The cost of cancer treatment has risen approximately 600 percent over the past 30 years, according to Emanuel. From the patient-centric perspective of CSC and the Cancer Policy Institute, more comprehensive health coverage could benefit cancer patients several ways, including financially. When patients are more aware of their health care options, they can choose more cost-effective treatments, share decision-making processes with their doctors and have a better overall treatment experience, Emanuel said.
"We need to figure out how to change how we are delivering care," Emanuel said. "No person should go through cancer alone, and no person should go through an uncoordinated, disjointed system where they are suffering from cancer, have to do all the running around and do all the navigation themselves."
CSC's public policy efforts will continue "so that no one faces cancer alone," according to Institute supporters. "It's absolutely needed, and it's something that our patients and volunteers very much want," said Dick Woodruff, vice president of federal relations and strategic alliances for the American Cancer Society Cancer Action Network. "ACS CAN currently has two bills pending in the House specifically related to improving patient quality of life through the provision of wider access to palliative care, throughout all health care settings, so it's not only something we fully support, but it's something we are actively working on as well."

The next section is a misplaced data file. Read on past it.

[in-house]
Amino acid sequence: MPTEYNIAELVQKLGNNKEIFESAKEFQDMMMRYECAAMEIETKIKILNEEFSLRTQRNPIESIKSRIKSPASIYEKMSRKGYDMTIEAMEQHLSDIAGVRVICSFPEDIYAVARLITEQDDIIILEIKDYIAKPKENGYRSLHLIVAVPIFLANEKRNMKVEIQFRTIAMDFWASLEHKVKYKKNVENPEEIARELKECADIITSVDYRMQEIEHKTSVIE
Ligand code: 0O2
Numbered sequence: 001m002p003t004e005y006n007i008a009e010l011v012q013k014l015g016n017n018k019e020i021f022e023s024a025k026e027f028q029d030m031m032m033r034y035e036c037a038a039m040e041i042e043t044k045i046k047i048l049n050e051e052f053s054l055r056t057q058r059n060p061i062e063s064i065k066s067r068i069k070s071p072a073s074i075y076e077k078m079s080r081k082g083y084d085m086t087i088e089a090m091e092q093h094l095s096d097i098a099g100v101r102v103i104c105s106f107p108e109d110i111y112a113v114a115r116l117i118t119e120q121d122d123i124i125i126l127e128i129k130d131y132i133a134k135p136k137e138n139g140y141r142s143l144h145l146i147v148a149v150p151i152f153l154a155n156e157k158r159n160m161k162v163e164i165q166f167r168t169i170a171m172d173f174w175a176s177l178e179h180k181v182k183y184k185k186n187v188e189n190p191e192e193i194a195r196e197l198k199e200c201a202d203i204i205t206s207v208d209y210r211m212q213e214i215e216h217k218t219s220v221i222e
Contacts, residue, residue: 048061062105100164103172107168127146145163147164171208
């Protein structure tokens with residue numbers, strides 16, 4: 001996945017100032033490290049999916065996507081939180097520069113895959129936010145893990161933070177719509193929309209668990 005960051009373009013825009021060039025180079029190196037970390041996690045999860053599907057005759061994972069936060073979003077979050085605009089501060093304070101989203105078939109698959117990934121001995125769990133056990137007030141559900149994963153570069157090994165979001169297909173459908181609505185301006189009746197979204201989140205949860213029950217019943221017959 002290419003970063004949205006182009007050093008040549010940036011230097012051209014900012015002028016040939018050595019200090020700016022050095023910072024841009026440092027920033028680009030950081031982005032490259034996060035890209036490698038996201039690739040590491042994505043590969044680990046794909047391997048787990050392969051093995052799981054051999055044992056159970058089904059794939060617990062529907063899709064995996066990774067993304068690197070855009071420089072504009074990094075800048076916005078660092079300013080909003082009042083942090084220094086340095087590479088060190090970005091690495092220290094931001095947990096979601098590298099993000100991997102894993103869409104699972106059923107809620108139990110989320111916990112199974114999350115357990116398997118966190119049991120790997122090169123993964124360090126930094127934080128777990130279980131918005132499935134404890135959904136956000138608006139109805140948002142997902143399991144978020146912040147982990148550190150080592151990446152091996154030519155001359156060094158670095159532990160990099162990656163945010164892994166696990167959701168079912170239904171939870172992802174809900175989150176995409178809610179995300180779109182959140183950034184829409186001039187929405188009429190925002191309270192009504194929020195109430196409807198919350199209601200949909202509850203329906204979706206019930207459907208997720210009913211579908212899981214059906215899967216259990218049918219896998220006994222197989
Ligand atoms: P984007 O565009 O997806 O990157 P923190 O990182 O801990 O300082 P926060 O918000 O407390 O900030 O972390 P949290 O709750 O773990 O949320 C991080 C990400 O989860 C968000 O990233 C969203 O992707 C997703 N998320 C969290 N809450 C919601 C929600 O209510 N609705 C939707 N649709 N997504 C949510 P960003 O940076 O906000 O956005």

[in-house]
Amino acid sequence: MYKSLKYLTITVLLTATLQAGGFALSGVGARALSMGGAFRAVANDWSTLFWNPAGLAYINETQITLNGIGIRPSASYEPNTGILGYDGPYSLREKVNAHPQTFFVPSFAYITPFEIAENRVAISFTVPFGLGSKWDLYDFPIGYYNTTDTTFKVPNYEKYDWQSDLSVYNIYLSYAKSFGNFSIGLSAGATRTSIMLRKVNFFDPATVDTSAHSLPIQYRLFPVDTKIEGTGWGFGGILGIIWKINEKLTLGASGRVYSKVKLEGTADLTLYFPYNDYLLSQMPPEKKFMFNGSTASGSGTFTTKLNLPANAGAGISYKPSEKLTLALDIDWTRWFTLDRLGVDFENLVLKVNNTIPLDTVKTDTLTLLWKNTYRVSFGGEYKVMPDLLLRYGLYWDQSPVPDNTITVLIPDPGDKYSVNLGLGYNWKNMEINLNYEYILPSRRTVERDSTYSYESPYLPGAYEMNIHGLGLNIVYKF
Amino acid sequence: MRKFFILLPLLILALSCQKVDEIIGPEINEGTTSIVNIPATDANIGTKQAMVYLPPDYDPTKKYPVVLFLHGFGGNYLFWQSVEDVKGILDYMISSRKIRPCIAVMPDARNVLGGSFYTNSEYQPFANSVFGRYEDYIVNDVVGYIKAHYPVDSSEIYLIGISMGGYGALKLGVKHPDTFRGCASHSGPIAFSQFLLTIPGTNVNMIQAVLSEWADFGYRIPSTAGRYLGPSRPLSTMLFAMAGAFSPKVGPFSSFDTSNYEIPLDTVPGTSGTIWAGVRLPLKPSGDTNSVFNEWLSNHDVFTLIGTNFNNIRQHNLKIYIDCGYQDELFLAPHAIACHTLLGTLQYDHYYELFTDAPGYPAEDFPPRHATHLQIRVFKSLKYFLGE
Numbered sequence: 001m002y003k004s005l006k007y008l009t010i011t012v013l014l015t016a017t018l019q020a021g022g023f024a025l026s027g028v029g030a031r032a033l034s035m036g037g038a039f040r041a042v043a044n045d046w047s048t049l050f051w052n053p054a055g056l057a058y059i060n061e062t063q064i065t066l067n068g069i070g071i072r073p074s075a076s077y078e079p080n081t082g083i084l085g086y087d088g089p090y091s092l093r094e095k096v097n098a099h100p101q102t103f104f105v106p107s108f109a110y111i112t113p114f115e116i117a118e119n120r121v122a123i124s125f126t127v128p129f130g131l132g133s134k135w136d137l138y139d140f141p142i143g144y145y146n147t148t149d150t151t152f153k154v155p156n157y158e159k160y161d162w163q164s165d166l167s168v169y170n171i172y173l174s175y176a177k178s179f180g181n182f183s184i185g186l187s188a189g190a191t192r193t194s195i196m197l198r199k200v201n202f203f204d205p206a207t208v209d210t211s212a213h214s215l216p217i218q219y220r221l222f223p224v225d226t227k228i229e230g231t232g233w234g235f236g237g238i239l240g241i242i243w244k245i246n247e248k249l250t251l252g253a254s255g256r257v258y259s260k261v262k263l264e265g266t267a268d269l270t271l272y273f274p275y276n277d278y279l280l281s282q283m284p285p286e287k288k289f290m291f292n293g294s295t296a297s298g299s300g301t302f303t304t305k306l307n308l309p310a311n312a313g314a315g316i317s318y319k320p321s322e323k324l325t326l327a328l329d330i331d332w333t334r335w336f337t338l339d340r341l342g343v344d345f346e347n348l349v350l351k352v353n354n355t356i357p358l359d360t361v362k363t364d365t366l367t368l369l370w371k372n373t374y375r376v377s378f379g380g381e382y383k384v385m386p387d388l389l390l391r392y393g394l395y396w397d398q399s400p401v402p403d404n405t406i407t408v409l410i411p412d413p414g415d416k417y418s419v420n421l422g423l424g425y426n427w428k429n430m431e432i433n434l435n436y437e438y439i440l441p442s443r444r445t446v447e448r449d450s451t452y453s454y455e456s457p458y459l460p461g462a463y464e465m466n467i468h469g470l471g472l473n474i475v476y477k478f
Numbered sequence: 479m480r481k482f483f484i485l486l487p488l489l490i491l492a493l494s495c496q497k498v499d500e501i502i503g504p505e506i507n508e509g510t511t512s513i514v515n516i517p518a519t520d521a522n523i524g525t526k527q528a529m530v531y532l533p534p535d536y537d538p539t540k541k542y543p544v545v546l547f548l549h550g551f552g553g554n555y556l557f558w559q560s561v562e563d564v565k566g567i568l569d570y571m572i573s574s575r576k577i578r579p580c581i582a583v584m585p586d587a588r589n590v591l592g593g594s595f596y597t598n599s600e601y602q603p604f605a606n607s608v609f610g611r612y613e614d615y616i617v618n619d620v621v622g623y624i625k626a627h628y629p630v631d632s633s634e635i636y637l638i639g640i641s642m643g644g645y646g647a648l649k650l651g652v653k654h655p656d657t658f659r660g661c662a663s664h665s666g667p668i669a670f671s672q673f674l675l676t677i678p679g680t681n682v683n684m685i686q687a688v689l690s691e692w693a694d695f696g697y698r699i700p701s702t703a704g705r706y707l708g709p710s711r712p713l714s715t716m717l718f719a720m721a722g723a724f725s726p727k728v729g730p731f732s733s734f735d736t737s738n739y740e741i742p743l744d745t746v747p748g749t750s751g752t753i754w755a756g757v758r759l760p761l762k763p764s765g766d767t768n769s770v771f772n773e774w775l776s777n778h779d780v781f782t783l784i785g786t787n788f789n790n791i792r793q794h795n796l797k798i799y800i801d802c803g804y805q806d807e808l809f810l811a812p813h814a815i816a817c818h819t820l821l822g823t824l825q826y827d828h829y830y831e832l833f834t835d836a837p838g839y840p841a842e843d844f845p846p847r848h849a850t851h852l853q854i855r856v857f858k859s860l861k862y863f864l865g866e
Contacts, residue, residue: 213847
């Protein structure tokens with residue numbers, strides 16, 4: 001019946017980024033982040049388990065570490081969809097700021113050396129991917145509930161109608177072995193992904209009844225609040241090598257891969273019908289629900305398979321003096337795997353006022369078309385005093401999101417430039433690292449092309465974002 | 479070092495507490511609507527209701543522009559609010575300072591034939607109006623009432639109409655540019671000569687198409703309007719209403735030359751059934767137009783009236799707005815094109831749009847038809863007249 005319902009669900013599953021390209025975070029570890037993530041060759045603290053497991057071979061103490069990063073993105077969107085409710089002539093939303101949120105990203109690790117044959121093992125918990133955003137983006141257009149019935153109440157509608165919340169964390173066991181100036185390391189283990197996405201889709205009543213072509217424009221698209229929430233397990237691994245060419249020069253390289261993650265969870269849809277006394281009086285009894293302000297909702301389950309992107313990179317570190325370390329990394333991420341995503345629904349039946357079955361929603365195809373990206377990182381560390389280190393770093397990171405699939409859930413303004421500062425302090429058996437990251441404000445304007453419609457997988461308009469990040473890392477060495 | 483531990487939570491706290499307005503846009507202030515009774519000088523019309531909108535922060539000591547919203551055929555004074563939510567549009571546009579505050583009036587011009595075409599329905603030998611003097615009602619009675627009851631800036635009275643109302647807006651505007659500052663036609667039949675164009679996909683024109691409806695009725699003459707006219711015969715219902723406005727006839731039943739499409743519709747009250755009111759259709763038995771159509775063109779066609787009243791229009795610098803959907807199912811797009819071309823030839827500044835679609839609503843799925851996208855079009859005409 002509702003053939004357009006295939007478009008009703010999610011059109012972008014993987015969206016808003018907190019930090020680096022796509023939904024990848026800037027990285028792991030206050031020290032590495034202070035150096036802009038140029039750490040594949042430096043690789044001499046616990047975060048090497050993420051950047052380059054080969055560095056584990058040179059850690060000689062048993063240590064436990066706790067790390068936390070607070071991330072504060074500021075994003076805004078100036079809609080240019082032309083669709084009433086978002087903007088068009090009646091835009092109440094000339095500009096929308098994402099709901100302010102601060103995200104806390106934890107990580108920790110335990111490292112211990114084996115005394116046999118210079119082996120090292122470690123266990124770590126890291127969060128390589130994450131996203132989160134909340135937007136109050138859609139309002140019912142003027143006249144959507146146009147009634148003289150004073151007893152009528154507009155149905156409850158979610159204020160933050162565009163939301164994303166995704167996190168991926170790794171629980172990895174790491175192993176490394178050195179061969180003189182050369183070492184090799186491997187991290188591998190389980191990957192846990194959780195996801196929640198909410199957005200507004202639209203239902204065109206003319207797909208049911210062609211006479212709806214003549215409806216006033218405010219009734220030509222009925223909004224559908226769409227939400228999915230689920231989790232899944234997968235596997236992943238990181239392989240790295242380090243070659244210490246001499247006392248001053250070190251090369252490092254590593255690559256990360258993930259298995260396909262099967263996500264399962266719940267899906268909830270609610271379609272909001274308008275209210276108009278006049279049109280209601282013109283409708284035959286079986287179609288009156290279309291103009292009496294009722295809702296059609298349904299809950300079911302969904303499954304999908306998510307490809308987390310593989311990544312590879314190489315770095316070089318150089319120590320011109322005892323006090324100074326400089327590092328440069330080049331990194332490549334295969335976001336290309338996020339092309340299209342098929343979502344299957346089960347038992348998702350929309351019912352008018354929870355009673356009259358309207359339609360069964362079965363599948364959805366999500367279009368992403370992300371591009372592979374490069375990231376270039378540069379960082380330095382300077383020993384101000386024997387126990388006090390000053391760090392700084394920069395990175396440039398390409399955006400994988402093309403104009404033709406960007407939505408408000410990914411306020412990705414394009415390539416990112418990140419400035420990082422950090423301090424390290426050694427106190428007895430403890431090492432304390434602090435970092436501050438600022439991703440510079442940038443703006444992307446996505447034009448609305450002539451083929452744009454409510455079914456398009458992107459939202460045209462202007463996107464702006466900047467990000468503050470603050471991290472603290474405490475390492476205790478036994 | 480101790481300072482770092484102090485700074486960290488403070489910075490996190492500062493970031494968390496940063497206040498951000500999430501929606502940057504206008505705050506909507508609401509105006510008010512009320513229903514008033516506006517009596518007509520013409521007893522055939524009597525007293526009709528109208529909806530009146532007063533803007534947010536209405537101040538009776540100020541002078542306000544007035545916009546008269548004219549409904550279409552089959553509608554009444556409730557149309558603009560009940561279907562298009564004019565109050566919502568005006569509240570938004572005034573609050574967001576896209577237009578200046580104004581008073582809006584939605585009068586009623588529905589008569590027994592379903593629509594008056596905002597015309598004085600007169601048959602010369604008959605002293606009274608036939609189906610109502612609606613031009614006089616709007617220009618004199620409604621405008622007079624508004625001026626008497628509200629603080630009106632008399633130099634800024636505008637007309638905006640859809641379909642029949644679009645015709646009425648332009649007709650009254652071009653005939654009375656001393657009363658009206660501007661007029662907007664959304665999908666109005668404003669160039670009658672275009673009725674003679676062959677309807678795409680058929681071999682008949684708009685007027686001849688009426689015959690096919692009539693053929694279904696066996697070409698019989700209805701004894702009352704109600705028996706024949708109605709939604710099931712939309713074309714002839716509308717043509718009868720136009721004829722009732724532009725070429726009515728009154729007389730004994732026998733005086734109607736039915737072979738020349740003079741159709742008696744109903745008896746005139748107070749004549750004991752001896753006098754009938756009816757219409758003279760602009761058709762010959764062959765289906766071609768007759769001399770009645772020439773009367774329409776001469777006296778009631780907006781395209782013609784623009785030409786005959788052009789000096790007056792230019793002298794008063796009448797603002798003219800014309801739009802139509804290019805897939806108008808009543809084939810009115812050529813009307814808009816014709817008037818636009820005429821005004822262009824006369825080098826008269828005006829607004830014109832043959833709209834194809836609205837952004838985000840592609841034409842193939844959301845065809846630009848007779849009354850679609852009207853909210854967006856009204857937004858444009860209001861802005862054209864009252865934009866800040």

Last week alone, CSC affiliates had more than 50 scheduled meetings with Capitol Hill representatives regarding health care policy changes stemming from the launch of the Cancer Policy Institute. "There is a lot yet to do to make change and improve cancer care in America, and we are fully committed to putting all our resources, energy and passion behind it," Thiboldeaux said. "We are very excited to move forward with these issues."